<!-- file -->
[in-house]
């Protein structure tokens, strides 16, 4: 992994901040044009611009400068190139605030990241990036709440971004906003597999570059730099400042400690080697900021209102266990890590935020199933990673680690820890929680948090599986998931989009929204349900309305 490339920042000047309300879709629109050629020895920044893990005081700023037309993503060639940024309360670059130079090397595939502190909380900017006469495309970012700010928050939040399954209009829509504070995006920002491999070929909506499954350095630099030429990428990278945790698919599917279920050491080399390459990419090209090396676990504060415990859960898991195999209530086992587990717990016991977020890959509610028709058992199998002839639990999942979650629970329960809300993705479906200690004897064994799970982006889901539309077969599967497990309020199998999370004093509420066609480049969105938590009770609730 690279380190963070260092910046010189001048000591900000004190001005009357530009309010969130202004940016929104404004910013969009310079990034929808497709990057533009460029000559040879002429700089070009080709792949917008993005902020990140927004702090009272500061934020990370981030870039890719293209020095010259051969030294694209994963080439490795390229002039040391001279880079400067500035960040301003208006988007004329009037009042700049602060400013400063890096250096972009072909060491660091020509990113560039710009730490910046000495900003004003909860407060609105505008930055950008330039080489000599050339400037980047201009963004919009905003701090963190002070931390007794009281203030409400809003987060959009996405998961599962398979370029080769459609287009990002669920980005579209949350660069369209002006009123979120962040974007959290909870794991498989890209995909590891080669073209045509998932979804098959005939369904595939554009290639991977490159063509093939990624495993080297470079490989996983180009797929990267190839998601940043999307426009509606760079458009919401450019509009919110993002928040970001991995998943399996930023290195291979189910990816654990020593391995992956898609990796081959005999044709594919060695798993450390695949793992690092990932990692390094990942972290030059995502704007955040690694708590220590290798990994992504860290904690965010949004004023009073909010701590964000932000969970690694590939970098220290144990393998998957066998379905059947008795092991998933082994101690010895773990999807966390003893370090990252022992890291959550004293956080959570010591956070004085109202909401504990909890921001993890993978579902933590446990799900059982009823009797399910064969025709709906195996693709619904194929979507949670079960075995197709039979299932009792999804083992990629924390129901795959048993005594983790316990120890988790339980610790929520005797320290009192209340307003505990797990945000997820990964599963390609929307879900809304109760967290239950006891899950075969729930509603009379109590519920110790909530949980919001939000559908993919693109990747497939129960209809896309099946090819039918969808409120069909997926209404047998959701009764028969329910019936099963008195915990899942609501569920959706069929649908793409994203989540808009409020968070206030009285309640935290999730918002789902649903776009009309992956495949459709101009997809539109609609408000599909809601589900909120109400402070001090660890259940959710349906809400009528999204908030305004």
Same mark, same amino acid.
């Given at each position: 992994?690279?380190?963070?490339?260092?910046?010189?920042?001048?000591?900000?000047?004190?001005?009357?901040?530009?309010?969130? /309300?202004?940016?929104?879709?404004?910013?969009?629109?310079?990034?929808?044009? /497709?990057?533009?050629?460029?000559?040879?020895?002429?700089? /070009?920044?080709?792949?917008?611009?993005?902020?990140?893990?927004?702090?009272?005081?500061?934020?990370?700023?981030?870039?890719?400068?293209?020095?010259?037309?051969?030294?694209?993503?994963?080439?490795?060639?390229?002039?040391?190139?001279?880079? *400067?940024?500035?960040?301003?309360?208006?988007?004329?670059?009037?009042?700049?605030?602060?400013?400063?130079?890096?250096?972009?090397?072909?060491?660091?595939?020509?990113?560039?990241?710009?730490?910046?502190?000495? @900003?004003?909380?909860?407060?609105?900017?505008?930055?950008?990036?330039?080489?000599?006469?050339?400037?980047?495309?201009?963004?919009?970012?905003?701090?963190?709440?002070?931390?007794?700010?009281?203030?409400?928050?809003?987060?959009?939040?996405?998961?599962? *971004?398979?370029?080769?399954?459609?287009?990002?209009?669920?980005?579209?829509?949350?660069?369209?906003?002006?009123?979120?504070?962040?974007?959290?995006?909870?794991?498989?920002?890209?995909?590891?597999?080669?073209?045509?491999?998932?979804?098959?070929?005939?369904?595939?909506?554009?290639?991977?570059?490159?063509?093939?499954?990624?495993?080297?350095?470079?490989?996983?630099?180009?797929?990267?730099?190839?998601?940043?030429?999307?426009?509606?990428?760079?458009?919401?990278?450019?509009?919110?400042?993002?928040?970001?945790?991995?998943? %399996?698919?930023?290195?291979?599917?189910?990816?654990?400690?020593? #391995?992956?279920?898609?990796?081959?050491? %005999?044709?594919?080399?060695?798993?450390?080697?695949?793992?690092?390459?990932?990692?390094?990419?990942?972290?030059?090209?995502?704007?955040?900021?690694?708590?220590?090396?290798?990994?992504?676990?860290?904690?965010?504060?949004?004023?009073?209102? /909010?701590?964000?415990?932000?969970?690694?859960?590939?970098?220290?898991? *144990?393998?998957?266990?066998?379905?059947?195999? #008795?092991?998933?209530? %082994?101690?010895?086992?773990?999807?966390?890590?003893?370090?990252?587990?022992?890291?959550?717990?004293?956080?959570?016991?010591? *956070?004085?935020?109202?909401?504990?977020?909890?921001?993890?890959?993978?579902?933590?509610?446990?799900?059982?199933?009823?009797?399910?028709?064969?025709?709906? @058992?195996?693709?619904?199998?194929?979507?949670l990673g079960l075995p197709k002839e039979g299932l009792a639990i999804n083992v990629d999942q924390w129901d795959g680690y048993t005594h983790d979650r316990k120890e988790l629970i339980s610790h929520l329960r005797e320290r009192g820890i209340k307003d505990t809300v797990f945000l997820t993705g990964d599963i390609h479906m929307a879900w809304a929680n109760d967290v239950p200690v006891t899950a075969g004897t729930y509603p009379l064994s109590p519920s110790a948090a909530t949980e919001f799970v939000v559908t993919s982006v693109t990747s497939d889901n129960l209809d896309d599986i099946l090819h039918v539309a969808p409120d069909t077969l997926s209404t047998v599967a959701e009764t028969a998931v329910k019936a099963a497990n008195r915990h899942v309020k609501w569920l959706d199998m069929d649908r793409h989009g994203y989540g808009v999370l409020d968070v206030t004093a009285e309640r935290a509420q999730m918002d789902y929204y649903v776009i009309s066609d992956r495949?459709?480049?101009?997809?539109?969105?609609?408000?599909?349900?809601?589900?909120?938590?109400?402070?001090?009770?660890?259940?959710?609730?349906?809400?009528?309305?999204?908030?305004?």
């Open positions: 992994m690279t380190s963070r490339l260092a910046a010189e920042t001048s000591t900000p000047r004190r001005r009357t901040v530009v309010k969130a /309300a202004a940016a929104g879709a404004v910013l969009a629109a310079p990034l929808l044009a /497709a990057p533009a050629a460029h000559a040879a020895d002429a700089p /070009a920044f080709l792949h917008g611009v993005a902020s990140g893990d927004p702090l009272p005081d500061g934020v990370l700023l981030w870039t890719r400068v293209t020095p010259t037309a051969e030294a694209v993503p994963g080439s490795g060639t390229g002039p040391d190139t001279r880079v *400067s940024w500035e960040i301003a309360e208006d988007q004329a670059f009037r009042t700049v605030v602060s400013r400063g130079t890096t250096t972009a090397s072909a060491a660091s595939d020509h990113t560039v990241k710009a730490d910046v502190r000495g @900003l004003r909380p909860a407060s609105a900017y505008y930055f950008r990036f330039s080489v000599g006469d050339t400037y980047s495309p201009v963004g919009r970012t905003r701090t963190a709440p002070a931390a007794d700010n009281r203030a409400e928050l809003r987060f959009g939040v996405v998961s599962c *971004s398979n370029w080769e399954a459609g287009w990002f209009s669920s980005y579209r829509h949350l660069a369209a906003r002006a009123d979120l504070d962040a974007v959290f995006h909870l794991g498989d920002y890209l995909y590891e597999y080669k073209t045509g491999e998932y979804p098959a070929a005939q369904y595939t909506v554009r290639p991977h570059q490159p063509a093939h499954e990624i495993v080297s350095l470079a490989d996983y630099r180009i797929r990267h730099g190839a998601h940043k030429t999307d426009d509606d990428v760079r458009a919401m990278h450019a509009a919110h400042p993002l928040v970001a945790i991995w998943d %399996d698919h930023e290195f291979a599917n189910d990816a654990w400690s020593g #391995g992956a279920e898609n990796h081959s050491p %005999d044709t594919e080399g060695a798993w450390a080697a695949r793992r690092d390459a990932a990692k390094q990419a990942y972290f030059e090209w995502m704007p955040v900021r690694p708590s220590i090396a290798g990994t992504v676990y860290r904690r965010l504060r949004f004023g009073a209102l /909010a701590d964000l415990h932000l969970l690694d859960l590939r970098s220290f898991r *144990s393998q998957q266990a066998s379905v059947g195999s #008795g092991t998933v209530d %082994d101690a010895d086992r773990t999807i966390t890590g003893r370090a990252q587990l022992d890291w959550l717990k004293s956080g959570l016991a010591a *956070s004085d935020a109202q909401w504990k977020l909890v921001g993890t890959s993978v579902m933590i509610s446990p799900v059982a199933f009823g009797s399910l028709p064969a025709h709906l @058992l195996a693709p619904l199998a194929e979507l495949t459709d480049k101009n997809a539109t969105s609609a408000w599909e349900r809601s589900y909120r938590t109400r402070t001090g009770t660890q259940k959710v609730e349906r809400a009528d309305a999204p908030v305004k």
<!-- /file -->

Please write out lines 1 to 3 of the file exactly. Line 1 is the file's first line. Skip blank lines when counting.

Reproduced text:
[in-house]
């Protein structure tokens, strides 16, 4: 992994901040044009611009400068190139605030990241990036709440971004906003597999570059730099400042400690080697900021209102266990890590935020199933990673680690820890929680948090599986998931989009929204349900309305 490339920042000047309300879709629109050629020895920044893990005081700023037309993503060639940024309360670059130079090397595939502190909380900017006469495309970012700010928050939040399954209009829509504070995006920002491999070929909506499954350095630099030429990428990278945790698919599917279920050491080399390459990419090209090396676990504060415990859960898991195999209530086992587990717990016991977020890959509610028709058992199998002839639990999942979650629970329960809300993705479906200690004897064994799970982006889901539309077969599967497990309020199998999370004093509420066609480049969105938590009770609730 690279380190963070260092910046010189001048000591900000004190001005009357530009309010969130202004940016929104404004910013969009310079990034929808497709990057533009460029000559040879002429700089070009080709792949917008993005902020990140927004702090009272500061934020990370981030870039890719293209020095010259051969030294694209994963080439490795390229002039040391001279880079400067500035960040301003208006988007004329009037009042700049602060400013400063890096250096972009072909060491660091020509990113560039710009730490910046000495900003004003909860407060609105505008930055950008330039080489000599050339400037980047201009963004919009905003701090963190002070931390007794009281203030409400809003987060959009996405998961599962398979370029080769459609287009990002669920980005579209949350660069369209002006009123979120962040974007959290909870794991498989890209995909590891080669073209045509998932979804098959005939369904595939554009290639991977490159063509093939990624495993080297470079490989996983180009797929990267190839998601940043999307426009509606760079458009919401450019509009919110993002928040970001991995998943399996930023290195291979189910990816654990020593391995992956898609990796081959005999044709594919060695798993450390695949793992690092990932990692390094990942972290030059995502704007955040690694708590220590290798990994992504860290904690965010949004004023009073909010701590964000932000969970690694590939970098220290144990393998998957066998379905059947008795092991998933082994101690010895773990999807966390003893370090990252022992890291959550004293956080959570010591956070004085109202909401504990909890921001993890993978579902933590446990799900059982009823009797399910064969025709709906195996693709619904194929979507949670079960075995197709039979299932009792999804083992990629924390129901795959048993005594983790316990120890988790339980610790929520005797320290009192209340307003505990797990945000997820990964599963390609929307879900809304109760967290239950006891899950075969729930509603009379109590519920110790909530949980919001939000559908993919693109990747497939129960209809896309099946090819039918969808409120069909997926209404047998959701009764028969329910019936099963008195915990899942609501569920959706069929649908793409994203989540808009409020968070206030009285309640935290999730918002789902649903776009009309992956495949459709101009997809539109609609408000599909809601589900909120109400402070001090660890259940959710349906809400009528999204908030305004």
Same mark, same amino acid.